Respect stands out an important driver in this dispute. “This is something bigger than just the PIF secretary-general position — it’s about respect,” said Former Palauan president Tommy Remengesau Jr (https://www.abc.net.au/news/2021-02-09/five-micronesian-nations-set-to-quit-pacific-islands-forum/13133600). The question of respect was highlighted months before the final vote in February 2021. When the Micronesian leaders announced, in early October 2020, their intention to leave if other PIF members did not abide by the succession agreement Federated States of Micronesia President David Panuelo said, “The Micronesian sub-region is as much a part of the Pacific as Polynesia or Melanesia, and if they are unable to adhere to the Pacific Way of respect for others, including respect for our Gentleman’s Agreement, then the consequence is that we simply don’t engage with them or allow ourselves to be pushed around by people with ulterior motives in the PIF Secretariat. If this agreement is not honoured, I see no benefit to remaining in the PIF” (https://www.rnz.co.nz/international/pacific-news/427562/micronesian-nations-to-withdraw-from-forum-if-concerns-not-heeded).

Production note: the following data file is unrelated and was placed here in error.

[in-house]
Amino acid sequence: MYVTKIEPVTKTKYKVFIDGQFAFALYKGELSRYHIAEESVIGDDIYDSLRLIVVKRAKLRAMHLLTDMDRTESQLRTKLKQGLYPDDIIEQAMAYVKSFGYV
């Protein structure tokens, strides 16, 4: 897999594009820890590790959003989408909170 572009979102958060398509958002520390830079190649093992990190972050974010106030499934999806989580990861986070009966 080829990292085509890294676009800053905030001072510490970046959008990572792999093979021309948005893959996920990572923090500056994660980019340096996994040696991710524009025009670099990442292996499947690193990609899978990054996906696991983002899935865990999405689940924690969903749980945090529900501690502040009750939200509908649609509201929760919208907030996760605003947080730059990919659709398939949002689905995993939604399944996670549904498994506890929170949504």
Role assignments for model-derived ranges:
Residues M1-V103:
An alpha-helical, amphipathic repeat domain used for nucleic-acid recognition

Micronesian countries have complained that their voices often fail to find an outlet in the PIF. Gerald Zackios observed that Micronesian perspectives are shunted off to the smaller states grouping from which their points of view rarely see the light of day (What’s Next in Pacific Regionalism? February 23, 2021, https://www.youtube.com/watch?v=TRpKVeQz27w). He further observes that Micronesian views on reform of Pacific regionalism have been continuously studied within the forum but yet get no hearing. He suggests that some PIF leaders, are wedded to seeing regionalism through the lens of very much larger bodies like the European Union. Pacific regionalism, according to Zackios, must be nimble and take advantage of the unique characteristics found among small island nations. In fact, he insists that his role as secretary general would have been intended as not being a continuation of business as usual, but rather would have been used as a springboard from which institutional reform could have been carried out.